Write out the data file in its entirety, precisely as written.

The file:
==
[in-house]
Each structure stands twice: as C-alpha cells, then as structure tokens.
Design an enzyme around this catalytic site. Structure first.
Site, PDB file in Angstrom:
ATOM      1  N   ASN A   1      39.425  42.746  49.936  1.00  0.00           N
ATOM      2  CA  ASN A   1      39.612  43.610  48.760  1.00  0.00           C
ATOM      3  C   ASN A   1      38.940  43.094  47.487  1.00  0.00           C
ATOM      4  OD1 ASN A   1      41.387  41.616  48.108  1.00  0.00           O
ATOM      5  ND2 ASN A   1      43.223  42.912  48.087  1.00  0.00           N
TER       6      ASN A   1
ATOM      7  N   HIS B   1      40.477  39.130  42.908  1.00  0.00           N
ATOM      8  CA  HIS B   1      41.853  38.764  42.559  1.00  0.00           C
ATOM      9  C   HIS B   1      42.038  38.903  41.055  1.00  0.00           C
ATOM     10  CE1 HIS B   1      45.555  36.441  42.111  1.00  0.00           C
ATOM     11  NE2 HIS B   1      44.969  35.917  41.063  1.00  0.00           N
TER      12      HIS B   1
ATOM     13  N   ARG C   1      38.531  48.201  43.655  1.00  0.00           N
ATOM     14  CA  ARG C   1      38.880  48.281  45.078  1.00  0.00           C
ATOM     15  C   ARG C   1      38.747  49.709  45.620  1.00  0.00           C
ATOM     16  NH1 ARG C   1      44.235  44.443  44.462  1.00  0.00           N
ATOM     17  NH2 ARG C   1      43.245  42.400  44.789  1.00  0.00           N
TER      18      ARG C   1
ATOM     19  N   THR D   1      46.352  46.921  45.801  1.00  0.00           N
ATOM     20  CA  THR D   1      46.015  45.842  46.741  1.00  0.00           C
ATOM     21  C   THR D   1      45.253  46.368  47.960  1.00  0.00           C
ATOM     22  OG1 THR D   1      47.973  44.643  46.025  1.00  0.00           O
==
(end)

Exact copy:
[in-house]
Each structure stands twice: as C-alpha cells, then as structure tokens.
Design an enzyme around this catalytic site. Structure first.
Site, PDB file in Angstrom:
ATOM      1  N   ASN A   1      39.425  42.746  49.936  1.00  0.00           N
ATOM      2  CA  ASN A   1      39.612  43.610  48.760  1.00  0.00           C
ATOM      3  C   ASN A   1      38.940  43.094  47.487  1.00  0.00           C
ATOM      4  OD1 ASN A   1      41.387  41.616  48.108  1.00  0.00           O
ATOM      5  ND2 ASN A   1      43.223  42.912  48.087  1.00  0.00           N
TER       6      ASN A   1
ATOM      7  N   HIS B   1      40.477  39.130  42.908  1.00  0.00           N
ATOM      8  CA  HIS B   1      41.853  38.764  42.559  1.00  0.00           C
ATOM      9  C   HIS B   1      42.038  38.903  41.055  1.00  0.00           C
ATOM     10  CE1 HIS B   1      45.555  36.441  42.111  1.00  0.00           C
ATOM     11  NE2 HIS B   1      44.969  35.917  41.063  1.00  0.00           N
TER      12      HIS B   1
ATOM     13  N   ARG C   1      38.531  48.201  43.655  1.00  0.00           N
ATOM     14  CA  ARG C   1      38.880  48.281  45.078  1.00  0.00           C
ATOM     15  C   ARG C   1      38.747  49.709  45.620  1.00  0.00           C
ATOM     16  NH1 ARG C   1      44.235  44.443  44.462  1.00  0.00           N
ATOM     17  NH2 ARG C   1      43.245  42.400  44.789  1.00  0.00           N
TER      18      ARG C   1
ATOM     19  N   THR D   1      46.352  46.921  45.801  1.00  0.00           N
ATOM     20  CA  THR D   1      46.015  45.842  46.741  1.00  0.00           C
ATOM     21  C   THR D   1      45.253  46.368  47.960  1.00  0.00           C
ATOM     22  OG1 THR D   1      47.973  44.643  46.025  1.00  0.00           O